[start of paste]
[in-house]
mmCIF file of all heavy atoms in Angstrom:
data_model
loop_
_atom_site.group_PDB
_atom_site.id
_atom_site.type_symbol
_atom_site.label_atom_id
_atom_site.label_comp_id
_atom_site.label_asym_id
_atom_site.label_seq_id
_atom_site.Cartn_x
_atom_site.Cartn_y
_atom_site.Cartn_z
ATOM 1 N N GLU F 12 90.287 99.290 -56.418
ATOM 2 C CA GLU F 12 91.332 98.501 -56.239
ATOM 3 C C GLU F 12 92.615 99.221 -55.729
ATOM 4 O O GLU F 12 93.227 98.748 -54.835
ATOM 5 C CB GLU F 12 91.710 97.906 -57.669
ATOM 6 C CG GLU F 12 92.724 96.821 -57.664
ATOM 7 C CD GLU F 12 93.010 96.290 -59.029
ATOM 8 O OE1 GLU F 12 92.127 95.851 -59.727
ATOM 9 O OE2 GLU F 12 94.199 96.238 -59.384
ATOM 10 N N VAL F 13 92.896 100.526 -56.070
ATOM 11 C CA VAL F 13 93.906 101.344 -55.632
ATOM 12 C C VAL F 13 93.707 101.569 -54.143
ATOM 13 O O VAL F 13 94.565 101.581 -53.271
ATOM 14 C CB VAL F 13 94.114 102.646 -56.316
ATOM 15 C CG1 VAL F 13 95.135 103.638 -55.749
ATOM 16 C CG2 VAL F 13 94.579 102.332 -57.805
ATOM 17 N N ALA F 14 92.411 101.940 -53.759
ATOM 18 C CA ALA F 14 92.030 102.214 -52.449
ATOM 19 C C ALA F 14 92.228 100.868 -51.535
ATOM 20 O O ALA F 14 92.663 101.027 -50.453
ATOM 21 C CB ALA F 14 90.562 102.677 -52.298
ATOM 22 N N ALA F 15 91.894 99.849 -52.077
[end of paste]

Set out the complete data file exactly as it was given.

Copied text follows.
[in-house]
mmCIF file of all heavy atoms in Angstrom:
data_model
loop_
_atom_site.group_PDB
_atom_site.id
_atom_site.type_symbol
_atom_site.label_atom_id
_atom_site.label_comp_id
_atom_site.label_asym_id
_atom_site.label_seq_id
_atom_site.Cartn_x
_atom_site.Cartn_y
_atom_site.Cartn_z
ATOM 1 N N GLU F 12 90.287 99.290 -56.418
ATOM 2 C CA GLU F 12 91.332 98.501 -56.239
ATOM 3 C C GLU F 12 92.615 99.221 -55.729
ATOM 4 O O GLU F 12 93.227 98.748 -54.835
ATOM 5 C CB GLU F 12 91.710 97.906 -57.669
ATOM 6 C CG GLU F 12 92.724 96.821 -57.664
ATOM 7 C CD GLU F 12 93.010 96.290 -59.029
ATOM 8 O OE1 GLU F 12 92.127 95.851 -59.727
ATOM 9 O OE2 GLU F 12 94.199 96.238 -59.384
ATOM 10 N N VAL F 13 92.896 100.526 -56.070
ATOM 11 C CA VAL F 13 93.906 101.344 -55.632
ATOM 12 C C VAL F 13 93.707 101.569 -54.143
ATOM 13 O O VAL F 13 94.565 101.581 -53.271
ATOM 14 C CB VAL F 13 94.114 102.646 -56.316
ATOM 15 C CG1 VAL F 13 95.135 103.638 -55.749
ATOM 16 C CG2 VAL F 13 94.579 102.332 -57.805
ATOM 17 N N ALA F 14 92.411 101.940 -53.759
ATOM 18 C CA ALA F 14 92.030 102.214 -52.449
ATOM 19 C C ALA F 14 92.228 100.868 -51.535
ATOM 20 O O ALA F 14 92.663 101.027 -50.453
ATOM 21 C CB ALA F 14 90.562 102.677 -52.298
ATOM 22 N N ALA F 15 91.894 99.849 -52.077